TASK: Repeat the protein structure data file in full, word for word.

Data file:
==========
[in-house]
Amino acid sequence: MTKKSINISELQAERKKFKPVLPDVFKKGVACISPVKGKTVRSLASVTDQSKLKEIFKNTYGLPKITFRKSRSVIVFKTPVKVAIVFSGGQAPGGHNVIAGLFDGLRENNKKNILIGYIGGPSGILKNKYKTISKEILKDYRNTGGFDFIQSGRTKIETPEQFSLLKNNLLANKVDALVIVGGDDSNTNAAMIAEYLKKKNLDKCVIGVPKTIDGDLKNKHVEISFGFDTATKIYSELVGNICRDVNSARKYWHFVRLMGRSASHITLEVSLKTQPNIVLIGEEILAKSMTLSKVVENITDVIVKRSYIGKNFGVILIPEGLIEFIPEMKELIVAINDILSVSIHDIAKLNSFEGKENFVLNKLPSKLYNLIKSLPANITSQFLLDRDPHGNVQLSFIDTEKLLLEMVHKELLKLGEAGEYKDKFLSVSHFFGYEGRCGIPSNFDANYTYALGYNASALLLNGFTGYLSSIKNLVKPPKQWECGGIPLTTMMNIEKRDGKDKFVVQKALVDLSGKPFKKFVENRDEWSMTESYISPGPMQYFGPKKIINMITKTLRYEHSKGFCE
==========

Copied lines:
[in-house]
Amino acid sequence: MTKKSINISELQAERKKFKPVLPDVFKKGVACISPVKGKTVRSLASVTDQSKLKEIFKNTYGLPKITFRKSRSVIVFKTPVKVAIVFSGGQAPGGHNVIAGLFDGLRENNKKNILIGYIGGPSGILKNKYKTISKEILKDYRNTGGFDFIQSGRTKIETPEQFSLLKNNLLANKVDALVIVGGDDSNTNAAMIAEYLKKKNLDKCVIGVPKTIDGDLKNKHVEISFGFDTATKIYSELVGNICRDVNSARKYWHFVRLMGRSASHITLEVSLKTQPNIVLIGEEILAKSMTLSKVVENITDVIVKRSYIGKNFGVILIPEGLIEFIPEMKELIVAINDILSVSIHDIAKLNSFEGKENFVLNKLPSKLYNLIKSLPANITSQFLLDRDPHGNVQLSFIDTEKLLLEMVHKELLKLGEAGEYKDKFLSVSHFFGYEGRCGIPSNFDANYTYALGYNASALLLNGFTGYLSSIKNLVKPPKQWECGGIPLTTMMNIEKRDGKDKFVVQKALVDLSGKPFKKFVENRDEWSMTESYISPGPMQYFGPKKIINMITKTLRYEHSKGFCE